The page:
The matching hypothesis is a psychological theory that argues that people are far more likely to date someone whose attractiveness is either equal or very similar to theirs. Research from the University of Missouri found that two people of similar desirability were likely to enter a relationship, and that their relationship was more likely to succeed. While the matching hypothesis is mostly geared toward physical attractiveness, there are other assets it takes into account, such as kindness.

We need only look to some of the most famous couples to see that often enough, the old adage that opposites attract isn’t exactly true. Beloved Hollywood couple Blake Lively and Ryan Reynolds aren’t only both good looking, they’re also in the same line of work and share a similar sense of humor, making them well-matched on multiple levels. While Amal Clooney isn’t in the acting world like her A-lister husband, George Clooney, she’s a highly successful barrister, is beautiful and intelligent, and has received multiple awards for her work – so Mr. Clooney was hardly settling by marrying her. Prince William and Kate Middleton aren’t a surprising match, either – the two studied the same subject at the prestigious St. Andrews University, so they ran in similar circles. And while Kate wasn’t born into a royal family, she came from a wealthy family that had royalty in its ancestry. It’s safe to say that even famous couples pair up in a way that just makes sense.

Potential Problems with "Marrying Up"

We don’t say any of this to suggest that people should ever only look to date within their “league” so as to not rock the boat too much. The aim here isn’t to separate people into their categories, but instead to encourage self-reflection and healthy goals that don’t center only on our desire to be with a pretty person.

In fact, when we reach unrealistically far beyond our own league, this will more often create a recipe for disaster than it will bring us bliss and contentment. We might think that being with someone whose intelligence leaves us in total awe, or someone whose modeling career is starting to take off means we’ve won the lottery, but this isn’t necessarily the case.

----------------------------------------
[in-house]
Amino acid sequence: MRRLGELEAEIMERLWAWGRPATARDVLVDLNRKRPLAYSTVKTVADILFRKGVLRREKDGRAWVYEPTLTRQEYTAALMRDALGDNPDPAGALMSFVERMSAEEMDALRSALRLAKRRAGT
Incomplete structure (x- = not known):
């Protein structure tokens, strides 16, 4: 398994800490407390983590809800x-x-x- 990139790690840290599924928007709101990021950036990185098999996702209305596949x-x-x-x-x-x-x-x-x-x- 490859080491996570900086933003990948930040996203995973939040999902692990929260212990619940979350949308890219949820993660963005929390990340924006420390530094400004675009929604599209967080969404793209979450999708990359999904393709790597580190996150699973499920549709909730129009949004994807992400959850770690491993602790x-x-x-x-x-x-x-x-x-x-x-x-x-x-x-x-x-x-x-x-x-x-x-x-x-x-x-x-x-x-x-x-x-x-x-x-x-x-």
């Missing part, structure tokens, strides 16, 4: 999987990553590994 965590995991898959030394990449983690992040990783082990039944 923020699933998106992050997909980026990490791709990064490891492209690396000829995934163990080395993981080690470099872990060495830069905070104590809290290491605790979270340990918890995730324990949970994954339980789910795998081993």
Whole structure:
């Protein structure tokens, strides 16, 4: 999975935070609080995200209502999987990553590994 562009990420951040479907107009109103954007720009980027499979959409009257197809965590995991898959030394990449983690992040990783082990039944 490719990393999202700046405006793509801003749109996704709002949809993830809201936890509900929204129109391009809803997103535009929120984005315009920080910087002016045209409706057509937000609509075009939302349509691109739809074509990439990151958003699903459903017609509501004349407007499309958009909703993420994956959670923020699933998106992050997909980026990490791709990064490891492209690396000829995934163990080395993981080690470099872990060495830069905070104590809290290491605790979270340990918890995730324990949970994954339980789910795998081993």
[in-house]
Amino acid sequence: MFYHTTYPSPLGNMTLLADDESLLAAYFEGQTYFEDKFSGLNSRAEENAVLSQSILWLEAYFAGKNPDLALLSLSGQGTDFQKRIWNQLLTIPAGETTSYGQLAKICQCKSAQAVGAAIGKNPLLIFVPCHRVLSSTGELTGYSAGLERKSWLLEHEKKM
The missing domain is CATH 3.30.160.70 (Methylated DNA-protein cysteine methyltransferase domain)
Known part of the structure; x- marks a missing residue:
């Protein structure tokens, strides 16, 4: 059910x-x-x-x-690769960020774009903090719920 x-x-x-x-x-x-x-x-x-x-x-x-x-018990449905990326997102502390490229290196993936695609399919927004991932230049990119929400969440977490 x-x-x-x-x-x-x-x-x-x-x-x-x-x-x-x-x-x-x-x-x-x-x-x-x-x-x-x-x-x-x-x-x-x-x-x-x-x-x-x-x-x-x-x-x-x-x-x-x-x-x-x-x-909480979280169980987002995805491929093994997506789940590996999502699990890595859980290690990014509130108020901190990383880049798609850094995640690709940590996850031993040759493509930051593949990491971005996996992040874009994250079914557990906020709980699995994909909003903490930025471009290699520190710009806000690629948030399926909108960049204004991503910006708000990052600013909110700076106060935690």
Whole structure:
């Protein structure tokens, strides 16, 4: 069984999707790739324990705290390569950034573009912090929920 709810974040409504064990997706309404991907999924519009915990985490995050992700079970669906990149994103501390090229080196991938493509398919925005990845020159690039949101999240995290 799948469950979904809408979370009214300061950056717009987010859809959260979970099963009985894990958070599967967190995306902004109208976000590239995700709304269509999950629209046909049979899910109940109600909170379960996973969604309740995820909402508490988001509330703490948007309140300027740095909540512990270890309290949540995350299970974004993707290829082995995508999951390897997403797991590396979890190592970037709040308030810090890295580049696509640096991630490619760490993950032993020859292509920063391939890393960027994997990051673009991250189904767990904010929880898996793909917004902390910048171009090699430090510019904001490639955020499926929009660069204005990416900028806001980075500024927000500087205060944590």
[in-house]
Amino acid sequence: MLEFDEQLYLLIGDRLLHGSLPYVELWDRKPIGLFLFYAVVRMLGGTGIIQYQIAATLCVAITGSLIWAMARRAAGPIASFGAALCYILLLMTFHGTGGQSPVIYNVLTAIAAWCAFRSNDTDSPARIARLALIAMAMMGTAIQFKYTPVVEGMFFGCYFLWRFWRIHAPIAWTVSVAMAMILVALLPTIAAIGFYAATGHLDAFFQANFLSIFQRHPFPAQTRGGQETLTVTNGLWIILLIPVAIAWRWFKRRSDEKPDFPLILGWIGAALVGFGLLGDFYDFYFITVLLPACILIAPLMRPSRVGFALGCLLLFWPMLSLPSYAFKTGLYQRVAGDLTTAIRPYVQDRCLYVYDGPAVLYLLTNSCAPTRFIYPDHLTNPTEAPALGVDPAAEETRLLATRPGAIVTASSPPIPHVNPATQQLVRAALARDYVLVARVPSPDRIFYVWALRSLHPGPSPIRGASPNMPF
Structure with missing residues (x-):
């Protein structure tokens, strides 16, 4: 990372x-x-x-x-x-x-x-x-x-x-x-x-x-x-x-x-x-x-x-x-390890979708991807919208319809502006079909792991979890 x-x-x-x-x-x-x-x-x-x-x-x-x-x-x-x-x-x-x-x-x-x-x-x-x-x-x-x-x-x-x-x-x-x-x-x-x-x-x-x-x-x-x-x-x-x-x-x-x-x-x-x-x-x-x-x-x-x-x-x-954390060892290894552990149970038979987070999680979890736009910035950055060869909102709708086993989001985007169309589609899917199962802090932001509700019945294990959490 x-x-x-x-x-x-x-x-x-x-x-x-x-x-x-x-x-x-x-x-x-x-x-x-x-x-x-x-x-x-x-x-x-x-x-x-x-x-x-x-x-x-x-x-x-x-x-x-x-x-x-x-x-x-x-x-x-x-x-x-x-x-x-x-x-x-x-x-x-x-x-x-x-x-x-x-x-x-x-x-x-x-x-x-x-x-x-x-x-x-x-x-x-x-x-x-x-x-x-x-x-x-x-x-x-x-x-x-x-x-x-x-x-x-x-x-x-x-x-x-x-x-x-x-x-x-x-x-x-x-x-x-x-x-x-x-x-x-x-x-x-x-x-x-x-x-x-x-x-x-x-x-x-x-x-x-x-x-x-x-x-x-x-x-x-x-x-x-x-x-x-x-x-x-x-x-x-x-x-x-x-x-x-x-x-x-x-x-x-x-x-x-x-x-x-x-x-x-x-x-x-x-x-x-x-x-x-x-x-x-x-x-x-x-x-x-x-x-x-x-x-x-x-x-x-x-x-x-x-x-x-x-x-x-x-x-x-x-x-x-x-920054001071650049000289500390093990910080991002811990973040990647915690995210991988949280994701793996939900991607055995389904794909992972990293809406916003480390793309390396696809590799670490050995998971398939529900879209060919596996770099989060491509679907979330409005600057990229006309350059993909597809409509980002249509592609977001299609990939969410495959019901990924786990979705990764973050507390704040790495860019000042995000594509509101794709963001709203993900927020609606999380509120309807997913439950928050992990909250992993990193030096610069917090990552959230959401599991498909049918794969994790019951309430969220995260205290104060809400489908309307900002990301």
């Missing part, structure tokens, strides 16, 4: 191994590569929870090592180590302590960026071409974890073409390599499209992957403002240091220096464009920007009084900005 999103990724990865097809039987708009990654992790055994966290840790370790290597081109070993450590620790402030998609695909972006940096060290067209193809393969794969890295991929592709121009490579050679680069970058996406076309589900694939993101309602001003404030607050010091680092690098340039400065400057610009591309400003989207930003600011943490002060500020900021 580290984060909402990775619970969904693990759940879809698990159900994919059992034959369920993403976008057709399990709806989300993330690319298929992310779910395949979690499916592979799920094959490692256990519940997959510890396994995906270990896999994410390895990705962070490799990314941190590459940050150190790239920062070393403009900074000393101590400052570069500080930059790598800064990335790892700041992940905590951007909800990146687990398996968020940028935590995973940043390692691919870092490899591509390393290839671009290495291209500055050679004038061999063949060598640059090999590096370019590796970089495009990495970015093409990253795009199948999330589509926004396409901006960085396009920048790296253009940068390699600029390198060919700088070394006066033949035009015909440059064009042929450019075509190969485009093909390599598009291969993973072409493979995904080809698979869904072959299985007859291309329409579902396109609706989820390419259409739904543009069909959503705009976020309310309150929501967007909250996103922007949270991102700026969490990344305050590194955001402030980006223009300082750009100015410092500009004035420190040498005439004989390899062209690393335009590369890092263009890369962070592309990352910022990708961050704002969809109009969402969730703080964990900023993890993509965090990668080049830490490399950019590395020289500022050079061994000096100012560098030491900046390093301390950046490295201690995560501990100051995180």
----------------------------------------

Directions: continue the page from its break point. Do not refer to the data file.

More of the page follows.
Significantly differing desirability and assets in a couple can actually cause insecurities and conflict, and even has a higher correlation with extramarital affairs, according to one study. While one partner feels they could have done “better,” the other one feels unappreciated and not valued by their partner. For a relationship to be healthy, we have to feel some sense of equality with our significant other, at least on a few metrics.

This Doesn’t Mean Every Couple Will Be Perfectly Equal

So do relationships only work when both people are perfectly equal on every level? Absolutely not. Not only is this ultimately limited thinking, but there’s also no such thing as finding a totally equal match. Not every single couple will be equally physically attractive, talented, successful, or sharp. There are bound to be small gaps, even in couples whose overall desirability is similar.

“When feeling positive emotions such as romantic love,” says Aaron Ben-Zeev, Ph.D., “small gaps between partners enhance love since the cooperative concern is associated with increasing the prospects of having a better life. Partners are unconcerned with their inferiority because, in this sense, minor inequality does not humiliate them.”

When we feel generally well-matched with our partner, the smaller gaps won’t bother us too much. We won’t feel overwhelmed with insecurities (“Am I smart enough for him? Why do I feel so frumpy next to him? He’s probably wishing he could break up with me.”), but instead, we’ll feel at peace with what we bring to the relationship.

Closing Thoughts

The word “league” can feel a little icky, especially if it gives you flashbacks to the high school cafeteria. But the reality is people tend to match up based on what they both bring to the table, and often enough, those things are relatively similar. Even in the couples that feel so opposite (we all know an adorable couple where the boyfriend is like a golden retriever and the girlfriend is like a black cat), if you take a second glance, we bet you’ll notice all the ways they’re actually not all that different after all.